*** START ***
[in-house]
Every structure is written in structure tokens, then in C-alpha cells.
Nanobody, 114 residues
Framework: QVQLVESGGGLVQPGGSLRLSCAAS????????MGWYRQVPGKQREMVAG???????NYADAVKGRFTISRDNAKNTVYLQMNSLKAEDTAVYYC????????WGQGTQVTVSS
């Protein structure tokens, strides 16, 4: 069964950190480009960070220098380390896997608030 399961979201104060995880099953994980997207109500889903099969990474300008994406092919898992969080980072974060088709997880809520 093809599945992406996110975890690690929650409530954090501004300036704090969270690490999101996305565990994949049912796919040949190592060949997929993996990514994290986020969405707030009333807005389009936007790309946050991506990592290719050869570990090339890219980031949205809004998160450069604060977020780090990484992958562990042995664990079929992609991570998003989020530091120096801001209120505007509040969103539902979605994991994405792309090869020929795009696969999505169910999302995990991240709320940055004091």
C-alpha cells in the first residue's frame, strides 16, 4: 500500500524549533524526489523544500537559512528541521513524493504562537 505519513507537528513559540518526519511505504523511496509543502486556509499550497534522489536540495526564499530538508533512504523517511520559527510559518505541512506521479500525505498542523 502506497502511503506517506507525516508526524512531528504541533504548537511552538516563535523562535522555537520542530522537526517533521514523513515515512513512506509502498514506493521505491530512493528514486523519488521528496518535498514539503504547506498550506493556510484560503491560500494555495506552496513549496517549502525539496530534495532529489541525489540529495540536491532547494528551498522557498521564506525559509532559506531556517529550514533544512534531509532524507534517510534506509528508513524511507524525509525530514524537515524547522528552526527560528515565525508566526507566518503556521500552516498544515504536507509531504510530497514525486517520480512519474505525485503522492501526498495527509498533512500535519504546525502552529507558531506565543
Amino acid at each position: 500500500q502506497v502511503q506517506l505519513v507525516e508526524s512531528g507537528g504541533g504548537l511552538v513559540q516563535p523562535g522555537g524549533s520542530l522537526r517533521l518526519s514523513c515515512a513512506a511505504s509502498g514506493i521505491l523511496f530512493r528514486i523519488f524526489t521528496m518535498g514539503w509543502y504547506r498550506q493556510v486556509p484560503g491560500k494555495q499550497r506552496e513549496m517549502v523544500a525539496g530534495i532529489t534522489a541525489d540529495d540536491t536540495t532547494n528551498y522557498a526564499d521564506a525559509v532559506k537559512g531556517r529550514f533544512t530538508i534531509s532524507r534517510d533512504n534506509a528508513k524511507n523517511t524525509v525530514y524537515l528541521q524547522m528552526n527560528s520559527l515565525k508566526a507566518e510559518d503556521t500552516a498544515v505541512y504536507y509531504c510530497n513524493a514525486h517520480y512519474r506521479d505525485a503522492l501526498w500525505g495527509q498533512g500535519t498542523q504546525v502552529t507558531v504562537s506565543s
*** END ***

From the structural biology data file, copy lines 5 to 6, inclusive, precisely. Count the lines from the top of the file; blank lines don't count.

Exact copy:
């Protein structure tokens, strides 16, 4: 069964950190480009960070220098380390896997608030 399961979201104060995880099953994980997207109500889903099969990474300008994406092919898992969080980072974060088709997880809520 093809599945992406996110975890690690929650409530954090501004300036704090969270690490999101996305565990994949049912796919040949190592060949997929993996990514994290986020969405707030009333807005389009936007790309946050991506990592290719050869570990090339890219980031949205809004998160450069604060977020780090990484992958562990042995664990079929992609991570998003989020530091120096801001209120505007509040969103539902979605994991994405792309090869020929795009696969999505169910999302995990991240709320940055004091």
C-alpha cells in the first residue's frame, strides 16, 4: 500500500524549533524526489523544500537559512528541521513524493504562537 505519513507537528513559540518526519511505504523511496509543502486556509499550497534522489536540495526564499530538508533512504523517511520559527510559518505541512506521479500525505498542523 502506497502511503506517506507525516508526524512531528504541533504548537511552538516563535523562535522555537520542530522537526517533521514523513515515512513512506509502498514506493521505491530512493528514486523519488521528496518535498514539503504547506498550506493556510484560503491560500494555495506552496513549496517549502525539496530534495532529489541525489540529495540536491532547494528551498522557498521564506525559509532559506531556517529550514533544512534531509532524507534517510534506509528508513524511507524525509525530514524537515524547522528552526527560528515565525508566526507566518503556521500552516498544515504536507509531504510530497514525486517520480512519474505525485503522492501526498495527509498533512500535519504546525502552529507558531506565543